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A Love Meal with Richard Wagner
March 26, 2011 - 8:00 am
Conrad Susa, Professor San Francisco Conservatory of Music, will discuss the development of Richard Wagner’s choral writing beginning with Das Liebesmahl der Apostel – The Love-Feast of Penticost and continuing on through the opera choruses in Lohengrin and eventually Parsifal.
Richard Wagner was still reveling in his sucess with the premiere of Rienzi in December 1842 and then a less successful debut of Flying Dutchman, both in Dresden. Wagner was among the composers commissioned to write a works for a choral festival in Dresden. He was asked to write a choral piece celebrating the Christian feast of Penticost, the birth of the Christian Church through the power of the Holy Spirit. The work had it’s premiere on July 6, 1843 at the famed Dresdner Frauenkirche. The performance was a massive event with 1,200 singers from all over Saxony and an orchestra numbering 100. Although the concert was well received by the public, Wagner was disappointed, lamenting its “relatively feeble effect”. The work is rarely performed but it gives clues into Wagners early inspiration for the works that followed.
Professor Susa will give a talk about this grand choral piece with musical examples from Das Liebesmahl der Apostel and other Wagner works.
Conrad Susa (b. 1935) was resident composer for the Old Globe Theatre in San Diego and served as dramaturge for the O’Neill Center in Connecticut. He also has written numerous scores for documentary films and PBS television productions, choral and instrumental works and operas (Transformations, Black River and The Love of Don Perlimplín) commissioned by the Minnesota Opera Company, San Francisco Opera and Pepsico. His church opera The Wise Women, was written for the American Guild of Organists and The Dangerous Liaisons, for the San Francisco Opera.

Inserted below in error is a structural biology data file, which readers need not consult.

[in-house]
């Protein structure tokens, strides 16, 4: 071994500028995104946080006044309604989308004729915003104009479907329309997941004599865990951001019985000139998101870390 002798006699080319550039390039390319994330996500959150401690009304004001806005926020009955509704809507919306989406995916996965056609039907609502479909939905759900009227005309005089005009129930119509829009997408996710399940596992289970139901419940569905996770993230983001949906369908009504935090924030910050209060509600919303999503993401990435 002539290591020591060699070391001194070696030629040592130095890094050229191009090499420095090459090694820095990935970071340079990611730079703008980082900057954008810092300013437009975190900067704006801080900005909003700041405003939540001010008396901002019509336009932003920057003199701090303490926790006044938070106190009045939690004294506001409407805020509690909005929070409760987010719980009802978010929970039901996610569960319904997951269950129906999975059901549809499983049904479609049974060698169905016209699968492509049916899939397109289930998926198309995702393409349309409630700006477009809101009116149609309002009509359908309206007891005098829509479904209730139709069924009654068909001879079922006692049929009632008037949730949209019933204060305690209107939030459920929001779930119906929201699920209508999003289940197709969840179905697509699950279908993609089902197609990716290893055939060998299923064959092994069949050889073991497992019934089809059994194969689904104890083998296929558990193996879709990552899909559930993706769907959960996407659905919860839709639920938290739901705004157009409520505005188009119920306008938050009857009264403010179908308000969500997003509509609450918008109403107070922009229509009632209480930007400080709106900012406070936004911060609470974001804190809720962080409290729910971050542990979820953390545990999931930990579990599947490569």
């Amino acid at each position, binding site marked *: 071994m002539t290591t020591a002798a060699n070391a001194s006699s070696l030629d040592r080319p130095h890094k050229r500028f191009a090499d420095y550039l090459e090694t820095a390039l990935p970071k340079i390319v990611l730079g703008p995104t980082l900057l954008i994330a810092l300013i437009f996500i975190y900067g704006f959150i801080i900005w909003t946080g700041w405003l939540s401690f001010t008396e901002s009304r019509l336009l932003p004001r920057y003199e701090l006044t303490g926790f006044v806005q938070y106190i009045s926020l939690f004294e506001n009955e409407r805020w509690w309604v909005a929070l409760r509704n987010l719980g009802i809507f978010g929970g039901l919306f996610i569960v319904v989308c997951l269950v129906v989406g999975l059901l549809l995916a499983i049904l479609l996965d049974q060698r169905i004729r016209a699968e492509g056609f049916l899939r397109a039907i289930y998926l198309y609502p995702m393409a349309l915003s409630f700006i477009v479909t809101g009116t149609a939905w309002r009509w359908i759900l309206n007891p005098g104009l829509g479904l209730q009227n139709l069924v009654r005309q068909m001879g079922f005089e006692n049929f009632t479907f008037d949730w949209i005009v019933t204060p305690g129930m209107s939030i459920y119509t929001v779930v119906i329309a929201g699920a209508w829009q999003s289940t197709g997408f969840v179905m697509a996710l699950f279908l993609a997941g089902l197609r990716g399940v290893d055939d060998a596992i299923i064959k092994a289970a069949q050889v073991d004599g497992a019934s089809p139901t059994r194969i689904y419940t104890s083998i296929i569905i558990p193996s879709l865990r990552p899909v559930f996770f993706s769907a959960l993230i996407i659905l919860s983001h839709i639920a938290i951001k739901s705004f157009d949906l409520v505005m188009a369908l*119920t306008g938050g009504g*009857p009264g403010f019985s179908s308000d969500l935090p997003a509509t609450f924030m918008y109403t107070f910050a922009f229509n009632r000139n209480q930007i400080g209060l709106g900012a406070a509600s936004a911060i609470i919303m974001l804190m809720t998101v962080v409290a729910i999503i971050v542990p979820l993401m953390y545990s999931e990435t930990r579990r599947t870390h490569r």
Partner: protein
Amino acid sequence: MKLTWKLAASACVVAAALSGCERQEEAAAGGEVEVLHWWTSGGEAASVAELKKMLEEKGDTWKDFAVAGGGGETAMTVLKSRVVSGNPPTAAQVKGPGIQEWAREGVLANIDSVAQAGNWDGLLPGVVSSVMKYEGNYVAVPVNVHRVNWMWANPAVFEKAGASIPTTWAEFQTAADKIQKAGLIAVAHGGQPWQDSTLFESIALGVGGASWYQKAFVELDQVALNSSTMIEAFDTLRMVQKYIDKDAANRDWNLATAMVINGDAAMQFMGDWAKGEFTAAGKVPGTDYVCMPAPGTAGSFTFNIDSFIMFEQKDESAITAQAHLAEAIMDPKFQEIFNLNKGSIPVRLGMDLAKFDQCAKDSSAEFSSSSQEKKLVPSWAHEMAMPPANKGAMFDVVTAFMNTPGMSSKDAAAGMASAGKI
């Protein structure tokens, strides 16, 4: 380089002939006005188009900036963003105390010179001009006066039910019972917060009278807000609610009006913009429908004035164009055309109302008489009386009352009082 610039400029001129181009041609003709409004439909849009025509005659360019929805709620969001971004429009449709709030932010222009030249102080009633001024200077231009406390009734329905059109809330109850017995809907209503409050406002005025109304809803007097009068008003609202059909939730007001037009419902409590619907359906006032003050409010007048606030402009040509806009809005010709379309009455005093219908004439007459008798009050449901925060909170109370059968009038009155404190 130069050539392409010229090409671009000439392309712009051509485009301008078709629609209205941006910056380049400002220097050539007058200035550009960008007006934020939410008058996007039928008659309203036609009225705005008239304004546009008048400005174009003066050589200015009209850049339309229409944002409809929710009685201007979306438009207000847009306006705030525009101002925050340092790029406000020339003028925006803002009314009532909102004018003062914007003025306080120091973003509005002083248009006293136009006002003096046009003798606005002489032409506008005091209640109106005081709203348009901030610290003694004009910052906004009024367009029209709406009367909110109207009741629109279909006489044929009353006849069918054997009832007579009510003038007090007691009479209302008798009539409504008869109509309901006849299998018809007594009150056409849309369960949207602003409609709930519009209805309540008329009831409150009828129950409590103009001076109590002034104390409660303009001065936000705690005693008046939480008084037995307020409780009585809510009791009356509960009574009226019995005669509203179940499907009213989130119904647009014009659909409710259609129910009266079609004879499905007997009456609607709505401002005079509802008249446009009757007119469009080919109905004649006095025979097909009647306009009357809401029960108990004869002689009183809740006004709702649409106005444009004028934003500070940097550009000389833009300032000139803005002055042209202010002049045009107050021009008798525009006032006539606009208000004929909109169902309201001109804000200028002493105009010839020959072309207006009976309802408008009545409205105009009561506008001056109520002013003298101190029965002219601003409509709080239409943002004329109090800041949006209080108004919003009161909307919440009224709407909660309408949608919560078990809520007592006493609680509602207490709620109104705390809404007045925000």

Mr. Susa has served as staff pianist with the Pittsburgh Symphony Orchestra and as assistant editor of Musical America magazine. He has won numerous awards, including Ford Foundation fellowships, National Endowment for the Arts grants and a National Endowment Consortium grant. He earned a B.F.A. from Carnegie Institute of Technology and received an M.S. from The Juilliard School, where he studied with William Bergsma, Vincent Persichetti, and P.D.Q. Bach.
Parking on-site $3.50 per hour (max $15) or the $5 UCSF lot or street parking
From the East Bay: BART to Embarcadero and transfer to the MUNI #1 California line
NON-MEMBERS $10 DONATION
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